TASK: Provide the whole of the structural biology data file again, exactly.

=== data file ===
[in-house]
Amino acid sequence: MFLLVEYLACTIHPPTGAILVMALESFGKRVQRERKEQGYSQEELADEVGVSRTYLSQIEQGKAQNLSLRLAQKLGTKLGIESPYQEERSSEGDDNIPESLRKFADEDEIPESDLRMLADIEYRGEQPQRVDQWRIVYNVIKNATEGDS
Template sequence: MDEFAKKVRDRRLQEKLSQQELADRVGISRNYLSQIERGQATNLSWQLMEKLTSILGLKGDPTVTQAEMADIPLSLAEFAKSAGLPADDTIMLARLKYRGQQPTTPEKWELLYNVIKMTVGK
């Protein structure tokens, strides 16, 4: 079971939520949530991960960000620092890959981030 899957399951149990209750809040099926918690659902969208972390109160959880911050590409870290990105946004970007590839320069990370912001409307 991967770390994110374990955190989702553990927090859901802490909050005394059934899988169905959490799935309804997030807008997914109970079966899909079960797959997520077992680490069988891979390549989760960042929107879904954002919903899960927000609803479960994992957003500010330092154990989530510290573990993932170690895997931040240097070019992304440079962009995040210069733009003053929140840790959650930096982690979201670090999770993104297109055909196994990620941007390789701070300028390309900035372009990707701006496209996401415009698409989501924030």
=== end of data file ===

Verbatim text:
[in-house]
Amino acid sequence: MFLLVEYLACTIHPPTGAILVMALESFGKRVQRERKEQGYSQEELADEVGVSRTYLSQIEQGKAQNLSLRLAQKLGTKLGIESPYQEERSSEGDDNIPESLRKFADEDEIPESDLRMLADIEYRGEQPQRVDQWRIVYNVIKNATEGDS
Template sequence: MDEFAKKVRDRRLQEKLSQQELADRVGISRNYLSQIERGQATNLSWQLMEKLTSILGLKGDPTVTQAEMADIPLSLAEFAKSAGLPADDTIMLARLKYRGQQPTTPEKWELLYNVIKMTVGK
């Protein structure tokens, strides 16, 4: 079971939520949530991960960000620092890959981030 899957399951149990209750809040099926918690659902969208972390109160959880911050590409870290990105946004970007590839320069990370912001409307 991967770390994110374990955190989702553990927090859901802490909050005394059934899988169905959490799935309804997030807008997914109970079966899909079960797959997520077992680490069988891979390549989760960042929107879904954002919903899960927000609803479960994992957003500010330092154990989530510290573990993932170690895997931040240097070019992304440079962009995040210069733009003053929140840790959650930096982690979201670090999770993104297109055909196994990620941007390789701070300028390309900035372009990707701006496209996401415009698409989501924030």